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Moscow blames outside forces, Ukraine, for Dagestan riot

By AFP - Oct 31,2023 - Last updated at Oct 31,2023

This frame grab taken from video footage posted on the Telegram channel @askrasul on Sunday shows protestors on the apron area of an airport in Makhachkala. A mob looking for Israelis and Jews overran an airport in Russia's Caucasus republic of Dagestan on Sunday, after rumours spread that a flight was arriving from Israel. (AFP photo) 

MAKHACHKALA, Russia — Russia on Monday blamed "external interference" and singled out Ukraine for a riot in Muslim-majority Dagestan, which saw crowds of angry men overrunning an airport as they looked for Israeli passengers.

The mob descended onto Makhachkala airport Sunday evening, barging through barriers and taking over the runway, in an attempt to encircle a plane that had flown in from Israel.

Authorities said 60 people had been arrested, suspected of violently storming the airport and seeking to attack Jews.

The airport reopened Monday, but authorities reported some damage and an airline said its flights to Israel in the coming days were cancelled.

The Kremlin announced President Vladimir Putin would gather top advisers and spy chiefs later Monday to discuss the "West's attempts to use the events in the Middle East to split Russian society".

Moscow also accused Ukraine, which it has been fighting for more than 20 months, of orchestrating the riot.

Russia regularly blames domestic unrest on external, usually Western,  forces.

"Yesterday's events at Makhachkala airport are, to a large extent, the result of external interference," Kremlin spokesman Dmitry Peskov told reporters.

"Against the backdrop of TV footage showing the horrors of what is happening in the Gaza Strip, the deaths of people, children, old people, it is very easy for enemies to take advantage of and provoke the situation," Peskov told reporters on Monday.

Russia's foreign ministry later singled out Kyiv.

There was no immediate reaction from Kyiv to the allegations and Ukraine’s foreign ministry did not immediately respond to an AFP request to comment.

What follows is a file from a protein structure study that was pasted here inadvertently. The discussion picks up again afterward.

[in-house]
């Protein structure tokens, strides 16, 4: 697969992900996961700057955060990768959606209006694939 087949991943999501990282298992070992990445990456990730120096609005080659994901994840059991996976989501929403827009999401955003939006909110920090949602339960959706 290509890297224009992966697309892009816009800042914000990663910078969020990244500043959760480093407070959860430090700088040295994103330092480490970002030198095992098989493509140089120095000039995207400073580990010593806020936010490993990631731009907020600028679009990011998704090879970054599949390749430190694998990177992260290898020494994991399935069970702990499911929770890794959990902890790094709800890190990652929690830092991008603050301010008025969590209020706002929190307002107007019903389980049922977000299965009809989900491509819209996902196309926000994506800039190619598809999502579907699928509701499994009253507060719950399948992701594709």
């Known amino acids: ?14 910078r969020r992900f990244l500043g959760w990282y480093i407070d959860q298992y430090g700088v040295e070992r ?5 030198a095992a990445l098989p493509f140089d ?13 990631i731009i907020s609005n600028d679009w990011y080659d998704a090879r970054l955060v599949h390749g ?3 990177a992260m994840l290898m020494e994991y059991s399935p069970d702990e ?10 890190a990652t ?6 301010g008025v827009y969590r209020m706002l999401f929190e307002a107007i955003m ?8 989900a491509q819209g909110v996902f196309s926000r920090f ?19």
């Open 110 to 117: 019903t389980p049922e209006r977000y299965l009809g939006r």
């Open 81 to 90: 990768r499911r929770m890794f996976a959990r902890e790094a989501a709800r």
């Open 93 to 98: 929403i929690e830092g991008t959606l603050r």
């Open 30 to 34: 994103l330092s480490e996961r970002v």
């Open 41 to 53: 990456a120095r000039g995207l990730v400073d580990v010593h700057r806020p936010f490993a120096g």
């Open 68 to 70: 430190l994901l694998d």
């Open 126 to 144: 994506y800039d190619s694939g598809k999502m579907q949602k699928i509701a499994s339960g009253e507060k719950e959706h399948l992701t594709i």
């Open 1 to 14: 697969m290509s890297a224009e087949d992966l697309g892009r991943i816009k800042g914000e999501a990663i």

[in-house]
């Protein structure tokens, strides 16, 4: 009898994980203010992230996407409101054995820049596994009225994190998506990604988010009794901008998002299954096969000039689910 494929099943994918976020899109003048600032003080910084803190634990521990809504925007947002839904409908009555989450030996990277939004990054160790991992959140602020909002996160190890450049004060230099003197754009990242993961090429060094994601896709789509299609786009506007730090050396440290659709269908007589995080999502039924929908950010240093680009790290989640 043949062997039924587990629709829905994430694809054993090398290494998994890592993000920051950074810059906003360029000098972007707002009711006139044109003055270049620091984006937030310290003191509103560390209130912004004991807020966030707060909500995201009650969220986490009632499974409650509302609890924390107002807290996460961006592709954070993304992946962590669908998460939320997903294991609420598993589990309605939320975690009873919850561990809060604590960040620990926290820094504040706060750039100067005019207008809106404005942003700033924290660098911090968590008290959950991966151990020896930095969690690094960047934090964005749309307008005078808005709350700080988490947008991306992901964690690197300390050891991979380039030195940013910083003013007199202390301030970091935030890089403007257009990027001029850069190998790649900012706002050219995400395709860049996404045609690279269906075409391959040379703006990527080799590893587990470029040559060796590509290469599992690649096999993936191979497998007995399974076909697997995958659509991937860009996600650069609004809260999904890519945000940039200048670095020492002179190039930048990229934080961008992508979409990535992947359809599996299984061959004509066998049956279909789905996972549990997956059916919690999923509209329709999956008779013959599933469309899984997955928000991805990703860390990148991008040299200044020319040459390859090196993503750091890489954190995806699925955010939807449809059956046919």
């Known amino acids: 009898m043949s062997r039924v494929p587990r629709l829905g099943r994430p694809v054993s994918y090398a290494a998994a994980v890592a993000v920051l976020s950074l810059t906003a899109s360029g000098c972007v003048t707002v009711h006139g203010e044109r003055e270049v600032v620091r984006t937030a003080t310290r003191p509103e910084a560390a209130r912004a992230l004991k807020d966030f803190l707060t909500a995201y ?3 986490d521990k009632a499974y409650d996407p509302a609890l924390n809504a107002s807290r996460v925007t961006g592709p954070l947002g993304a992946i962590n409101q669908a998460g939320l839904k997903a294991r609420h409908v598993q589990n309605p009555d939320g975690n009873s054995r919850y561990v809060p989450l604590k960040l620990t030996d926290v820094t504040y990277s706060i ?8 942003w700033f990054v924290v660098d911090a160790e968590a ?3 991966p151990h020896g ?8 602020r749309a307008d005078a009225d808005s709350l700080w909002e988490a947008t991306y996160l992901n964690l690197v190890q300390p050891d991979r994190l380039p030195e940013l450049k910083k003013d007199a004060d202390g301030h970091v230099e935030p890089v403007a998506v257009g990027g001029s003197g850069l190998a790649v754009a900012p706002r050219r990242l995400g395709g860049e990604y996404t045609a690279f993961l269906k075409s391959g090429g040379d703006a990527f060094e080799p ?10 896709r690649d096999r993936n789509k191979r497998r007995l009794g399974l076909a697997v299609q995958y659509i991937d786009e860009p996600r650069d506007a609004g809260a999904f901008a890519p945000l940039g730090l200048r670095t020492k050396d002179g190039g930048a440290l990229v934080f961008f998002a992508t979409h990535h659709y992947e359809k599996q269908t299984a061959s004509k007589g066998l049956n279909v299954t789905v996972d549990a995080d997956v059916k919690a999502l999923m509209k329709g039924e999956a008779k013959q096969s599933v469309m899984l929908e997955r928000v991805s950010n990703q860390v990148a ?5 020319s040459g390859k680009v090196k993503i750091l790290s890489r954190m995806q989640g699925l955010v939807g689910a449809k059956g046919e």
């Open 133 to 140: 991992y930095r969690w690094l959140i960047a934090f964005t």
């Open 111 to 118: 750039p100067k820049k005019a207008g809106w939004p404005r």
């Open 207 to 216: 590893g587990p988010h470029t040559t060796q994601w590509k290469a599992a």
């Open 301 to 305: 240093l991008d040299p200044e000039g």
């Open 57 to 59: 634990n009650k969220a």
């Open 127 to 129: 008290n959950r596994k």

‘Sow discord’ 


Russia’s Orthodox leader Patriarch Kirill also saw outside interference, condemning the violence as a bid to “sow discord” between Russia’s Jews and Muslims.

“I have no doubt that forces who provoked this incident will stop at nothing to cause disorder in our country,” the powerful cleric and Kremlin ally said.

The same day of the airport riot, Russian state media reported that a Jewish centre in another North Caucasus region — Kabardino-Balkaria — was set on fire.

The mountainous North Caucasus has had a Jewish community for centuries.

The day after the riot, AFP saw a police car with several officers outside Makhachkala’s synagogue.

The violence also prompted Israel to call on Russia to protect its citizens and Jews.

Outside a Moscow synagogue, people were shaken but unsurprised by the events, given rising global tensions over the conflict between Israel and Hamas.

“Political events should not set fire to our common home,” Ariel Razbegayev, the 37-year-old director of the Moscow Choral Synagogue, told AFP.

Prominent figures in Dagestan have spoken in support of Palestine and against Israel since the October 7 Hamas attacks on Israel.


‘Stab in the back’ 


Rumours spread on Sunday that a Telegram channel owned by a former Russian lawmaker who now lives in Ukraine, Ilya Ponomarev, was behind the protests.

He has previously provided financial support to the Telegram channel called Utro Dagestan (Dagestan Morning) which called for protests at the airport on Sunday, independent media had reported.

Russia’s foreign ministry said Kyiv had used Ponomarev — granted Ukrainian citizenship in 2019 — to orchestrate the protests, accusing its enemy of “information-sabotage”.

Ponomarev’s spokesperson has not responded to AFP requests for comment.

The governor of Dagestan, Sergei Melikov, was also quick to find a Ukrainian trace.

He said the riots were instigated by social media posts from Utro Dagestan, run by “traitors” working from Ukraine.

He called the riot a “stab in the back” of Dagestani soldiers fighting in Ukraine.

According to independent reports, Dagestan has sent proportionately more men to fight in Ukraine than many ethnic Russian regions.

He called on his people not to succumb to “provocations” over events in Israel and Gaza.

“All Dagestanis empathise with the suffering of victims by the actions of unrighteous people and politicians and pray for peace in Palestine,” he said, vowing punishment.

“But what happened at our airport is outrageous and should receive the appropriate assessment from law enforcement.”

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